By Joseph A. Califano, Jr.
Mayor Bloomberg’s efforts to improve the health of New Yorkers should be commended, but how much more it would mean if he devoted his enormous leadership talents and influence to combatting alcohol abuse instead of trying to limit the size of the soda you buy at a ballgame?
Can you believe that soon spectators at sports events at Yankee Stadium and Madison Square Garden will probably be limited to sugary sodas of 16 ounces or less while they can continue to buy beer in 24-ounce containers? New Yorkers deserve a more sensible and coherent public health policy than that.
The Mayor’s concern about obesity is understandable, but investing political capital in stopping people from drinking sodas larger than 16 ounces at restaurants, movie theaters and sports arenas seems likely to have little impact on the problem. Seriously dealing with obesity involves all sorts of food, from pizzas and bacon cheeseburgers, to loads of stuff that families buy in grocery stores every day.
It requires increasing, not cutting, physical education programs in city schools. It involves a major cultural shift away from the couch-potato society we have become, where parents sit at home watching TV and kids sit in another room playing video games. (In Brooklyn’s Crown Heights, where I grew up, we played stickball and punch ball, kick the can and ringolevio until it got dark.)
On the other hand, the Mayor could mount an effective program of public education, higher taxes and product size restrictions on alcohol — one that would do far more to protect health and safety. Here, ammunition fired at a single target — excessive and underage drinking — will result in palpable improvement in people’s lives.
The societal costs of alcohol abuse are orders of magnitude larger than any caused by drinking a few more ounces of soda. Alcohol is implicated in many of the violent crimes committed in the city — including the assaults, rapes and murders that have savaged so many families. Indeed, research at The National Center on Addiction and Substance Abuse at Columbia University (CASAColumbia), which I founded, has discovered that more than half of all inmates in America have alcohol problems of one kind or another.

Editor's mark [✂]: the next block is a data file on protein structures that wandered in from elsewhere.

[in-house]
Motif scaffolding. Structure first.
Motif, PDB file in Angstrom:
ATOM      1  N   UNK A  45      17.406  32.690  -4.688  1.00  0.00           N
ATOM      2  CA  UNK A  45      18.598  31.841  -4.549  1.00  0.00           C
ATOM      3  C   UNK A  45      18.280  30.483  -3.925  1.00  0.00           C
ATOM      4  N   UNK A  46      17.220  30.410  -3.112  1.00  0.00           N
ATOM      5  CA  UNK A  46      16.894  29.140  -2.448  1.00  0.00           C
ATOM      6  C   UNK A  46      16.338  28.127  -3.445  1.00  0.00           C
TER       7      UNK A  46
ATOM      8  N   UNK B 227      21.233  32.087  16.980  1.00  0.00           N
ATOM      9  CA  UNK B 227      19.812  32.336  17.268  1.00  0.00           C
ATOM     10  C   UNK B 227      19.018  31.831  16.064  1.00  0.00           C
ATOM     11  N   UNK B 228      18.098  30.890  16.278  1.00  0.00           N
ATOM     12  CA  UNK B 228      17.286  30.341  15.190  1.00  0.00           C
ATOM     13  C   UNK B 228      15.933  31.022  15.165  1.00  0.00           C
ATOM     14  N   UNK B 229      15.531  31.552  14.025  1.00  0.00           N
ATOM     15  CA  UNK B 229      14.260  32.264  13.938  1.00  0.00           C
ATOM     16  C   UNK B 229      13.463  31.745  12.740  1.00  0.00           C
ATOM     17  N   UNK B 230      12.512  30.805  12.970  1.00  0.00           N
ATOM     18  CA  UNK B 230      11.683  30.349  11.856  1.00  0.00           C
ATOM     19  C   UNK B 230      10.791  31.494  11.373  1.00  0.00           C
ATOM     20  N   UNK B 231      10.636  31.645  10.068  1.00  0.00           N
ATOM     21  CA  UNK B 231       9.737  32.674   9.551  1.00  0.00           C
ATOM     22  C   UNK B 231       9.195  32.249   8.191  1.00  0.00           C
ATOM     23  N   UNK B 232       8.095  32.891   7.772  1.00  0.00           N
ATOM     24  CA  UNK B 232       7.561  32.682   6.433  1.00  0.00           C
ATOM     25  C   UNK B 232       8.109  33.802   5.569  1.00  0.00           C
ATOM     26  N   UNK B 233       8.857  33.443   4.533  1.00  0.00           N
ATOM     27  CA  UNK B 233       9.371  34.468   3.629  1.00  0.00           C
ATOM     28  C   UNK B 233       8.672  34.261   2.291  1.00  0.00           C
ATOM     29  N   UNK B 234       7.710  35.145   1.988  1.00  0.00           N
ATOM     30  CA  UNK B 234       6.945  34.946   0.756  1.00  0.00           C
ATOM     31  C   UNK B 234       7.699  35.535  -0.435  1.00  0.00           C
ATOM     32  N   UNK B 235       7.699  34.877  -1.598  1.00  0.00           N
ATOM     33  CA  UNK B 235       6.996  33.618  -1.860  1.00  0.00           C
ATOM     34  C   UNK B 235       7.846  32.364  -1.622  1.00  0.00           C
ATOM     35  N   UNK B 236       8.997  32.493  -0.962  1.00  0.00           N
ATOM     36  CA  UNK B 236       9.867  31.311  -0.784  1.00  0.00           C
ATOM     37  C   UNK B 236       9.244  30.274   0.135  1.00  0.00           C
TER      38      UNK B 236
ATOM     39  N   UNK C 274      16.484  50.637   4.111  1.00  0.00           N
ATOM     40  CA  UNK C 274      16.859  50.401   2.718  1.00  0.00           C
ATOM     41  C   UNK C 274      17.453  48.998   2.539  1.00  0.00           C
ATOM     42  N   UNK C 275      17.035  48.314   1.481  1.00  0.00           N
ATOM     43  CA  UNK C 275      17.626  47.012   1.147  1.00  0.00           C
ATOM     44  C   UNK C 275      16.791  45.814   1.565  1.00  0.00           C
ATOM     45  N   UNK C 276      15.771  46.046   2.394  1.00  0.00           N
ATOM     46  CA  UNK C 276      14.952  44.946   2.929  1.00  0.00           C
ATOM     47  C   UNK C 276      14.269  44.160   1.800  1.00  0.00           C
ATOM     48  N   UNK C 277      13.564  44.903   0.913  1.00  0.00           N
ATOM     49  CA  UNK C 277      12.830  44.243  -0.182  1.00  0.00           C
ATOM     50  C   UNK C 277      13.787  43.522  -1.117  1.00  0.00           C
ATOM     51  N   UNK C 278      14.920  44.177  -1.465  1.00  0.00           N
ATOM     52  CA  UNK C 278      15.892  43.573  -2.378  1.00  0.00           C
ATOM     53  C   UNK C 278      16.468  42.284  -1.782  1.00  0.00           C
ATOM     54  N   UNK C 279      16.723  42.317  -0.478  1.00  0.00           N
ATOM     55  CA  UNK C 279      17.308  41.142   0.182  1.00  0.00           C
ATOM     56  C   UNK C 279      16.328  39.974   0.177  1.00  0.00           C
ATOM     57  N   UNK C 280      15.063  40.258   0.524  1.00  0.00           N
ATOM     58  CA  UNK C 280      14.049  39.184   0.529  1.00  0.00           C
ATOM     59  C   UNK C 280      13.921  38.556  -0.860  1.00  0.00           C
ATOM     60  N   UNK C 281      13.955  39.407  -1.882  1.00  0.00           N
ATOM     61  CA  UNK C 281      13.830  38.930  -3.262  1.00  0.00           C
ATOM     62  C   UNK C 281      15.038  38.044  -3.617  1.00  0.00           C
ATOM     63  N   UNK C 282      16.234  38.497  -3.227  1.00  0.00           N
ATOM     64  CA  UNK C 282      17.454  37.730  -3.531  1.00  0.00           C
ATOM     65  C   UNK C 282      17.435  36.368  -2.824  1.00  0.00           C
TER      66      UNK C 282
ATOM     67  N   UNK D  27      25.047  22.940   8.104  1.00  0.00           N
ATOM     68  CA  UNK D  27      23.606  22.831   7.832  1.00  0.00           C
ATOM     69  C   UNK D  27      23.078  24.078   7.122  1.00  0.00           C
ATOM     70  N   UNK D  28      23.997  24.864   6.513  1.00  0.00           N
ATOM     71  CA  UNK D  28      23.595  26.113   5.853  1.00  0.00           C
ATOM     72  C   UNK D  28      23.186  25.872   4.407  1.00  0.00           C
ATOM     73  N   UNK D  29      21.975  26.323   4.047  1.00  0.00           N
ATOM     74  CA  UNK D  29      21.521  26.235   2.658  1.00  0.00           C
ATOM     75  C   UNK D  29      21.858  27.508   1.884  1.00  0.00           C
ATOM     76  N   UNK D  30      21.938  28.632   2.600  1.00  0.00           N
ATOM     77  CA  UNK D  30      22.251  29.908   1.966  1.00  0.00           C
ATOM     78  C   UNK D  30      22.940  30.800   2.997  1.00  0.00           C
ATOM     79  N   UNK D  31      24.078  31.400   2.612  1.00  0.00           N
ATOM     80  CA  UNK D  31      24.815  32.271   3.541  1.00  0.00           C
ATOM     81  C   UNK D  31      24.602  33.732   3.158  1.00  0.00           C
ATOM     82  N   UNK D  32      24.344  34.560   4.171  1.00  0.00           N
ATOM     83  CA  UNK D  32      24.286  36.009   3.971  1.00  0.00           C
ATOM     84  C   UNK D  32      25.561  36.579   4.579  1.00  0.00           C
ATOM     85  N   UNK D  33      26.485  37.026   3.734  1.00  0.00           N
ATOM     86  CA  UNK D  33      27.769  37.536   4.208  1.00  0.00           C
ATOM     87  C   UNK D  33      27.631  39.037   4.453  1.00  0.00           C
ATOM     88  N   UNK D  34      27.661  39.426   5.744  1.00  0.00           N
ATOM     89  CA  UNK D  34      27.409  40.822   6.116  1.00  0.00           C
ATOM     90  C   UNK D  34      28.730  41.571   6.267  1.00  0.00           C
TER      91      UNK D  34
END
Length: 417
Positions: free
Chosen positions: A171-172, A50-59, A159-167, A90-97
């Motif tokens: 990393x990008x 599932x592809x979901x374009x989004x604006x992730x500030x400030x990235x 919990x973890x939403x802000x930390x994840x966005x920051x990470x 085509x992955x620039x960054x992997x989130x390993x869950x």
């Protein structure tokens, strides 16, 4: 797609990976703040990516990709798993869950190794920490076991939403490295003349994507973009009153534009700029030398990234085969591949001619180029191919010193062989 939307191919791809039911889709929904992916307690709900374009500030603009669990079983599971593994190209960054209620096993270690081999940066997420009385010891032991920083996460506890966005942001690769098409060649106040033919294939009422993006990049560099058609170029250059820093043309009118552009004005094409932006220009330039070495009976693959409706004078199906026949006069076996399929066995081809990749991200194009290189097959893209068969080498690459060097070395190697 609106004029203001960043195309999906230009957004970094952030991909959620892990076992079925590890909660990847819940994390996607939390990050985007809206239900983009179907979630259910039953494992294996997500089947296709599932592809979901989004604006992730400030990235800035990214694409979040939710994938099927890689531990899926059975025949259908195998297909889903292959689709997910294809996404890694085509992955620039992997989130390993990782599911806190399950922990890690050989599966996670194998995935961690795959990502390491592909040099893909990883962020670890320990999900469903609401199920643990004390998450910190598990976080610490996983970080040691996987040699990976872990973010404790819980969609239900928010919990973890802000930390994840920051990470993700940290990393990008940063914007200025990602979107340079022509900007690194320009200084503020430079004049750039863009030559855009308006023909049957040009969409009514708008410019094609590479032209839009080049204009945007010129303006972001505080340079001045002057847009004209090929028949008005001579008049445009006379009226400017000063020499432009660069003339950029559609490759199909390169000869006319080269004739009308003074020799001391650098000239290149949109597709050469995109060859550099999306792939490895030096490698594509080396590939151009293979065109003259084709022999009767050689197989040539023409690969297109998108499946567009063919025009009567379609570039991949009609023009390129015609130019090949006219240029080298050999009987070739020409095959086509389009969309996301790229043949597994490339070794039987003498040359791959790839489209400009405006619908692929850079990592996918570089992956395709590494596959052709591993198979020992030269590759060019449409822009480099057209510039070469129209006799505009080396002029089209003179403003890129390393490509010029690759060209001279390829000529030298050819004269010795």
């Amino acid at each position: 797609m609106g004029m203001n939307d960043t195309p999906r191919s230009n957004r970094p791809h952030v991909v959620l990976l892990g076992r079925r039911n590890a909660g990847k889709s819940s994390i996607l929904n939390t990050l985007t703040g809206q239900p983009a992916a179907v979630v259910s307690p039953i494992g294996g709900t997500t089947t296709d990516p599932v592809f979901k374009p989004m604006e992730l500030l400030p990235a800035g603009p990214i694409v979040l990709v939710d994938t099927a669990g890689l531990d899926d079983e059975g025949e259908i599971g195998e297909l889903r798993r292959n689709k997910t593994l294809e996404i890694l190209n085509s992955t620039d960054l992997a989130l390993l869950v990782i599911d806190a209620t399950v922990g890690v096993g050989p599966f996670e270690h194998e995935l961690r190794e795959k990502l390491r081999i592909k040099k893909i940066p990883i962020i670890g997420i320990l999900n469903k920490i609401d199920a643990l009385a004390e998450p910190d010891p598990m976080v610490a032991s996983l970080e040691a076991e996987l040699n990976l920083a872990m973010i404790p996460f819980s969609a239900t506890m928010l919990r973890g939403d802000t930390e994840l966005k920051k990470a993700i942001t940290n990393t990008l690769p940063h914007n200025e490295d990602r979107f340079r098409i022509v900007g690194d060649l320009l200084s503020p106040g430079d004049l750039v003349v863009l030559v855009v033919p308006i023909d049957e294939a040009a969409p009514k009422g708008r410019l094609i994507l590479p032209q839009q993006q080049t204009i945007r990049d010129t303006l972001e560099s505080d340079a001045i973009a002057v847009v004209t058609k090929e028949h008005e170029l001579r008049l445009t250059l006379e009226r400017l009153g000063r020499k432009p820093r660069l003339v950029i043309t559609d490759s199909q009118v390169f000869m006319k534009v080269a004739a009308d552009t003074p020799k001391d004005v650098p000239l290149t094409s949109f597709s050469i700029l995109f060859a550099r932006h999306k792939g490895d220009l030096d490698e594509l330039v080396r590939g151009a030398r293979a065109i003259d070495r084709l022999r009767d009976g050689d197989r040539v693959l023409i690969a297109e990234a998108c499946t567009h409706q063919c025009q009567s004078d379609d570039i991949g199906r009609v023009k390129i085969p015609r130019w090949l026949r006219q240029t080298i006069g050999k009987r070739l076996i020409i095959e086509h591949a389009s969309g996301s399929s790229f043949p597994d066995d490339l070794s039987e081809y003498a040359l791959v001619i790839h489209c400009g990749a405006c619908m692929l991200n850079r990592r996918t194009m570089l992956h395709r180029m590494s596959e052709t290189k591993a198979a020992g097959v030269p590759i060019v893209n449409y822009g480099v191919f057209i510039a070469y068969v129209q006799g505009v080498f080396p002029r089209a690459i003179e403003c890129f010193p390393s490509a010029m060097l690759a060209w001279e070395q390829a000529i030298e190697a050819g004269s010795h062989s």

Alcohol is a culprit in most of the city’s child welfare cases. Much of teen pregnancy occurs when one or both of the kids are high on a few beers or slugs of vodka. The homelessness problem in the city, domestic violence and child molestation are joined at the hip with alcohol abuse. Property damage from traffic accidents, vandalism and violence commonly involves excessive drinking. A significant number of school dropouts can be traced to underage drinking.
Research by CASAColumbia found that in 2005, substance abuse and addiction cost New York State taxpayers more than $13 billion in health care, criminal justice, social services, special education and other programs. A reasonable estimate is that at least half of that can be attributed to excessive drinking; an updated estimate would place the cost of excessive drinking to New York State taxpayers today at more than $8 billion.
In banning big sodas, the Mayor has expressed concern about the health of the city’s children. But here again, curbing underage drinking is far more important. Our research has found that more than 90% of individuals addicted to alcohol started drinking before they were 18. Drinking, particularly binge drinking, is a clear and present danger to the adolescent brain that can stunt its development and in some cases do permanent damage. So curbing teen drinking would reduce the State’s and City’s health care costs and, more importantly, help our kids to grow up healthy and become productive adults.
It would be wise for more of the space being used for obesity-related ads in subway trains to be used to warn parents of the consequences of underage drinking: potential brain damage, reduced impulse control, the risk of crippling and fatal accidents, and addiction. Bloomberg can encourage the City’s schools to work an anti-drinking message into the health curriculum, maintain gyms and physical education, and conduct health screenings and brief interventions for teen drinkers.
Yes, I know the City already funds some anti-alcohol-abuse ads, but this investment pales in comparison to what’s being done to fight sugary soda.
No one can question Bloomberg’s genuine concern about the health of individual New Yorkers. His systemwide approach to reducing smoking — high taxes, smoke-free public space and a widely publicized quit campaign — is the best in the country, if not the world. But as he aims at big sodas, he is missing a far more important target: the wine, beer and liquor so many of us drink in excess.
Califano is founder and chairman emeritus of The National Center on Addiction and Substance Abuse at Columbia University. He was President Lyndon Johnson’s top assistant for domestic affairs and secretary of health, education and welfare from 1977 to 1979.
This article originally appeared in The Daily News on July 19, 2012.